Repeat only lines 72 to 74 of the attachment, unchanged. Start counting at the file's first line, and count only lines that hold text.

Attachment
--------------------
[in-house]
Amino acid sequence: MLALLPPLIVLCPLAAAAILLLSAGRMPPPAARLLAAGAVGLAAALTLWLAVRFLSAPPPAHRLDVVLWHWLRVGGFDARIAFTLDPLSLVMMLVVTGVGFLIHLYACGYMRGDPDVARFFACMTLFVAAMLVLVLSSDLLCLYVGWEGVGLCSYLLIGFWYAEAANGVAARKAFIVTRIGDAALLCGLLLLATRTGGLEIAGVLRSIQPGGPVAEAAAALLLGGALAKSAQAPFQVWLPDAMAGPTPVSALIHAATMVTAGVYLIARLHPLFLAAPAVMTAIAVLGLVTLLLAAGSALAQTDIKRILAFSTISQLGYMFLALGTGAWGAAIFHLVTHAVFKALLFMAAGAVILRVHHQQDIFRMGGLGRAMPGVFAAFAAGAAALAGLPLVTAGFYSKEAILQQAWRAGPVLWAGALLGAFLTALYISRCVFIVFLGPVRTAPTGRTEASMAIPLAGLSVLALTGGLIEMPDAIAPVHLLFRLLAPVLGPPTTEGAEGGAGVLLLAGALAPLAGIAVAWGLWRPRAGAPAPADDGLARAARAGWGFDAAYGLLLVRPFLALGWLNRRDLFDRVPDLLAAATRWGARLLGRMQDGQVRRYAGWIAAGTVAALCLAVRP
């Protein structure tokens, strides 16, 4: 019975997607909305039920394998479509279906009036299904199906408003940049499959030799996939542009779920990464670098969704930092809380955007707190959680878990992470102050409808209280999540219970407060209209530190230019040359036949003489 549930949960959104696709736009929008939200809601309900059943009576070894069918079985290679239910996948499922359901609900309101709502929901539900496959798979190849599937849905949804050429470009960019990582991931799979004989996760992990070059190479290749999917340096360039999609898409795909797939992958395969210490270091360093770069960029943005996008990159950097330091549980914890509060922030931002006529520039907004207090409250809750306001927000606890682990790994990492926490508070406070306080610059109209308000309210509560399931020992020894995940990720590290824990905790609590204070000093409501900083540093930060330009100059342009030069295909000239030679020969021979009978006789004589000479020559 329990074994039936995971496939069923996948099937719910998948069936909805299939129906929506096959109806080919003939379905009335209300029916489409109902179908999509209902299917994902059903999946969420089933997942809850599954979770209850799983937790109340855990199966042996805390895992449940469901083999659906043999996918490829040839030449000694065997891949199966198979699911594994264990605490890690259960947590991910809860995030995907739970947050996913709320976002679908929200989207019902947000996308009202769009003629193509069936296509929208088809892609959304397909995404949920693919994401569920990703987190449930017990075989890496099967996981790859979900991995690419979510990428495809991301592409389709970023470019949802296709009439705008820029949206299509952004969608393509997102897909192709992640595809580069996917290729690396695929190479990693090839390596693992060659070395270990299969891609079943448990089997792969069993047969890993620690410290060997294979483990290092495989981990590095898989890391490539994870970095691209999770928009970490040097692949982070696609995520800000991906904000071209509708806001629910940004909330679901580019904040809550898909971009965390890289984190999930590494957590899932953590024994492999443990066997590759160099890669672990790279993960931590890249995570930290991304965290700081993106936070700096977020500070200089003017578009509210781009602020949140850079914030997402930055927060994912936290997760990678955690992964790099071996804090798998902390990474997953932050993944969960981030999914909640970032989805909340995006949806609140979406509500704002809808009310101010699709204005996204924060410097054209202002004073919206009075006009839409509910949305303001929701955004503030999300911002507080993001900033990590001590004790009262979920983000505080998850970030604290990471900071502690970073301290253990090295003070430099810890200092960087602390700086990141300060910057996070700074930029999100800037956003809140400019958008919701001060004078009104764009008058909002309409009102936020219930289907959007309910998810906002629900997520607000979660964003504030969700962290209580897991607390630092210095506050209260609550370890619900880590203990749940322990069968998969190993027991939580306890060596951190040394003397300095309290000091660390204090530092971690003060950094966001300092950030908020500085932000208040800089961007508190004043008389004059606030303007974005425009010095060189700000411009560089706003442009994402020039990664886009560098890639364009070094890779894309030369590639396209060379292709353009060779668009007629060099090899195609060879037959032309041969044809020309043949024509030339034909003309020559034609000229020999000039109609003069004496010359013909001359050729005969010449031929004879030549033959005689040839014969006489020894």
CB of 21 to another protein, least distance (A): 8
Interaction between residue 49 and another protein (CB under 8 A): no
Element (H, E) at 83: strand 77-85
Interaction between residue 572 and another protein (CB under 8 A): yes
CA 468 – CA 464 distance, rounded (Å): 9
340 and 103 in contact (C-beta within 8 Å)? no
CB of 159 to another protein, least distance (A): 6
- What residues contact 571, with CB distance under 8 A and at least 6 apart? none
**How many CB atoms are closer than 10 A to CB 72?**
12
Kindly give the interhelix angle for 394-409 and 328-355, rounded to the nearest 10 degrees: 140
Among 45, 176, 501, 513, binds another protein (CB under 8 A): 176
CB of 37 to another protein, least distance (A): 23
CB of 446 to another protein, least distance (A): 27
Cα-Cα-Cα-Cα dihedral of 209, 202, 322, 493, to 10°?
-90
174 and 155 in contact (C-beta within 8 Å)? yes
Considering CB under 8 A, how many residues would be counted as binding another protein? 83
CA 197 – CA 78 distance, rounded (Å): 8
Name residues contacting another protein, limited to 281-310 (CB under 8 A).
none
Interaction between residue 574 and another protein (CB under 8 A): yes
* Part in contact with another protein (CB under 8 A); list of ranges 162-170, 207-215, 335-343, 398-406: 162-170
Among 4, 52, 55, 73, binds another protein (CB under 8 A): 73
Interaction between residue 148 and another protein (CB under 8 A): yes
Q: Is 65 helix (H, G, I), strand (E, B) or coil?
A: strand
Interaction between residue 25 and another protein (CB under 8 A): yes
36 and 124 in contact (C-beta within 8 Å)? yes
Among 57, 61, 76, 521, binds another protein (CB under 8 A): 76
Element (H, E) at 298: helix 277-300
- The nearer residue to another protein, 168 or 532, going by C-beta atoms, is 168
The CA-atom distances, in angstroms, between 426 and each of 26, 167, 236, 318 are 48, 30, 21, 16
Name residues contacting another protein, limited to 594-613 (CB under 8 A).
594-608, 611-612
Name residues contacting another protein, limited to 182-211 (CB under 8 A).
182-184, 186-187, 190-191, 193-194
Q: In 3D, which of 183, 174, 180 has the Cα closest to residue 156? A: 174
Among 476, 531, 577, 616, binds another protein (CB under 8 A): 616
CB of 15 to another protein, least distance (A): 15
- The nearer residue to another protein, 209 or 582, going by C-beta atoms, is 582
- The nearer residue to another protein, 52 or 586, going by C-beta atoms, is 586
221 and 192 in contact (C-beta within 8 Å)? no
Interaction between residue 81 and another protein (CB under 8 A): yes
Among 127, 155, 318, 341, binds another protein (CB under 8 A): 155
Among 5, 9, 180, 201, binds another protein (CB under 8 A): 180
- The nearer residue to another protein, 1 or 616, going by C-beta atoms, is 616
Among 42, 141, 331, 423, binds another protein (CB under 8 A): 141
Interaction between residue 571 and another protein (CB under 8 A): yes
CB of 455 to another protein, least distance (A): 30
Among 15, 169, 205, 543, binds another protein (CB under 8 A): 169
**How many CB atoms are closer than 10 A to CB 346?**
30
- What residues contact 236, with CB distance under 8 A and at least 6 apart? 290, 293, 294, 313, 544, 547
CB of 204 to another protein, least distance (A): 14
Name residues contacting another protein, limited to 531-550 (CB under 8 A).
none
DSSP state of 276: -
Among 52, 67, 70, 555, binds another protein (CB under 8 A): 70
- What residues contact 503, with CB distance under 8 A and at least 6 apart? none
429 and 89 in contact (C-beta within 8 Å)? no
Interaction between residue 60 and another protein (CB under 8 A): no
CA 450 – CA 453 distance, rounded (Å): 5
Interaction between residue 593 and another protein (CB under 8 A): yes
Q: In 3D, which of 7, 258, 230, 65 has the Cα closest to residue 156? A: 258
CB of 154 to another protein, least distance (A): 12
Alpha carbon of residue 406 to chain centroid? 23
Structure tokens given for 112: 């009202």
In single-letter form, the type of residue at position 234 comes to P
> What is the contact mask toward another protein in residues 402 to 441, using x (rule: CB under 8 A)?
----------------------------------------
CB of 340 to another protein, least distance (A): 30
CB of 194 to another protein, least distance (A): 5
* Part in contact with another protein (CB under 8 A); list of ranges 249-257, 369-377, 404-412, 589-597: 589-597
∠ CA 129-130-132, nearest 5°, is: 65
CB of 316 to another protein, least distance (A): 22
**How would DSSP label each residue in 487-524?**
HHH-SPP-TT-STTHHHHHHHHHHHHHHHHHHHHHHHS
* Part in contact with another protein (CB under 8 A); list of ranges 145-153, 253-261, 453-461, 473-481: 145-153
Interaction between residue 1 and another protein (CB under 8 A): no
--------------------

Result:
In single-letter form, the type of residue at position 234 comes to P
> What is the contact mask toward another protein in residues 402 to 441, using x (rule: CB under 8 A)?
----------------------------------------